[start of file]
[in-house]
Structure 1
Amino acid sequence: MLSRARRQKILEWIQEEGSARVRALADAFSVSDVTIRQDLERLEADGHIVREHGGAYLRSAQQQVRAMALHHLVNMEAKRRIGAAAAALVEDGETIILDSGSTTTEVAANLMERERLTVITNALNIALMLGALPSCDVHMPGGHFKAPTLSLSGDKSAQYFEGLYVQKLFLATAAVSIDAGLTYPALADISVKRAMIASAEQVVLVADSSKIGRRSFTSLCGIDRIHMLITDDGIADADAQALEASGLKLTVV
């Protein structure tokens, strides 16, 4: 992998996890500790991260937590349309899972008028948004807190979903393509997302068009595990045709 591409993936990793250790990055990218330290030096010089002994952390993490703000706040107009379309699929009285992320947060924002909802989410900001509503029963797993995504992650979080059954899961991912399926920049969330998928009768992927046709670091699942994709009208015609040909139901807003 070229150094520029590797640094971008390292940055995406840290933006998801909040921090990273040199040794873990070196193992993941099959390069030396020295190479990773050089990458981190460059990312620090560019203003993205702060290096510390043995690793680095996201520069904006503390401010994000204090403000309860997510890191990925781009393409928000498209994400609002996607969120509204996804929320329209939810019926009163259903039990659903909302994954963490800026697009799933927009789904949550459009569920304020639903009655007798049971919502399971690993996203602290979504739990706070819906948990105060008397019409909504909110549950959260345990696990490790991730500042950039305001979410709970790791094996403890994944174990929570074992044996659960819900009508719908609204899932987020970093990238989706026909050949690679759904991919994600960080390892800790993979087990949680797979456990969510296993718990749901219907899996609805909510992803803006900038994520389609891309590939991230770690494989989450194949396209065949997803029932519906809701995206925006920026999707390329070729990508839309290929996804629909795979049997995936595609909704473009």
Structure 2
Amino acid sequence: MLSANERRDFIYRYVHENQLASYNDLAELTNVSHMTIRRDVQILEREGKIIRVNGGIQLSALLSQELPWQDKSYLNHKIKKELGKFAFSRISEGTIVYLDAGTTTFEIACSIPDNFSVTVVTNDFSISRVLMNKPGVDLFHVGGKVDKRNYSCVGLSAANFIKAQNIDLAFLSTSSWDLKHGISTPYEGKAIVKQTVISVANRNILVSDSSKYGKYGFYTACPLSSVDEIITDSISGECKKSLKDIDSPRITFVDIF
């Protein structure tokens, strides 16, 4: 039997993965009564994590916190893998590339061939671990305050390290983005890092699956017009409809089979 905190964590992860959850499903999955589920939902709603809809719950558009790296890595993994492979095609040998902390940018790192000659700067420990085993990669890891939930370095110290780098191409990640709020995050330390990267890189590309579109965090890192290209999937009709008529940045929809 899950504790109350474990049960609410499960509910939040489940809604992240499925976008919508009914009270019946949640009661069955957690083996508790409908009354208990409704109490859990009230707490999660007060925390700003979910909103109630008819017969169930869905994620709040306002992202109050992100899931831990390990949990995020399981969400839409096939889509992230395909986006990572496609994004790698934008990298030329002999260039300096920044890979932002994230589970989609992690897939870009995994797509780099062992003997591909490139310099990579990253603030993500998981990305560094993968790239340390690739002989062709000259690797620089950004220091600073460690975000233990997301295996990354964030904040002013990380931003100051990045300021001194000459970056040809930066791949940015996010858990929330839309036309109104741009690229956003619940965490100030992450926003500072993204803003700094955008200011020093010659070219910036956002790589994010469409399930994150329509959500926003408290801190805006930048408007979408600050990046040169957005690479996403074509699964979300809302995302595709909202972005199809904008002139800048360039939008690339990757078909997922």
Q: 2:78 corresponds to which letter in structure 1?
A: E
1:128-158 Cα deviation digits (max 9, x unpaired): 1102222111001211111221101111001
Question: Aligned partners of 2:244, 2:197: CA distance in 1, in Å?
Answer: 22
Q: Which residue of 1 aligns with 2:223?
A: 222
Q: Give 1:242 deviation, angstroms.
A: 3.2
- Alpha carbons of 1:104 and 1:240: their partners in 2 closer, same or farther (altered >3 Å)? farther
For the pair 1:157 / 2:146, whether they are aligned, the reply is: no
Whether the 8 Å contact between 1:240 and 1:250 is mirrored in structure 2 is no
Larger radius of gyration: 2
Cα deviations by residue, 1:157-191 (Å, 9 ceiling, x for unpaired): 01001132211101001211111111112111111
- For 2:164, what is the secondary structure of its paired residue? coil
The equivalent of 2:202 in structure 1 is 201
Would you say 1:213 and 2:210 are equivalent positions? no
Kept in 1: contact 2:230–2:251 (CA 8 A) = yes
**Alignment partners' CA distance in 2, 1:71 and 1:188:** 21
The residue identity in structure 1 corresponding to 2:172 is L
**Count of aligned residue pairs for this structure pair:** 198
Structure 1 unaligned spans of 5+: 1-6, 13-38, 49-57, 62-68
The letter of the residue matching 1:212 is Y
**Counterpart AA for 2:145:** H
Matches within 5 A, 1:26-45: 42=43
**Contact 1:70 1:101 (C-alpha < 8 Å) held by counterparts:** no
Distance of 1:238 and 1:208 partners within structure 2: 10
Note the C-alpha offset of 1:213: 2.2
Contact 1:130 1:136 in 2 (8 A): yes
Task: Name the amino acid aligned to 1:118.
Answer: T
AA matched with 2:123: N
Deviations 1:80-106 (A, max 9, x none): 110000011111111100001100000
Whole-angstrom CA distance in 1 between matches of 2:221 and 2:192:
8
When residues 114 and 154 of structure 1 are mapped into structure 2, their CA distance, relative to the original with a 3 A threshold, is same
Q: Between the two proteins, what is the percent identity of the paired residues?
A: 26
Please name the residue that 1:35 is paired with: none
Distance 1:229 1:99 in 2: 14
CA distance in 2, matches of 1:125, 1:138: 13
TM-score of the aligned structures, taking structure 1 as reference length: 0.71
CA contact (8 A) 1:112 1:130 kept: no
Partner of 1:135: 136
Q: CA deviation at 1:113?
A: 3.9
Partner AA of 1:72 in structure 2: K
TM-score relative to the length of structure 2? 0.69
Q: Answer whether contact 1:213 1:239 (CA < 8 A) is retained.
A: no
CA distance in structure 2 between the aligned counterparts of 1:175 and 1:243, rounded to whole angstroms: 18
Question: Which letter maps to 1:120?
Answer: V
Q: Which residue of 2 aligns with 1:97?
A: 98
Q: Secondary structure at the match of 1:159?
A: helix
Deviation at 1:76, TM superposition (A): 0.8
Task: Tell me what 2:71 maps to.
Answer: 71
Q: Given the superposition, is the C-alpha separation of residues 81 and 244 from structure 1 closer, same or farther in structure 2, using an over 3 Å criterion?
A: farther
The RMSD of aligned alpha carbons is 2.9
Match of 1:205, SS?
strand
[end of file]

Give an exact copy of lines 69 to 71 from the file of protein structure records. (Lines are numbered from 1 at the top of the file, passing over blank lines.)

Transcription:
A: farther
The RMSD of aligned alpha carbons is 2.9
Match of 1:205, SS?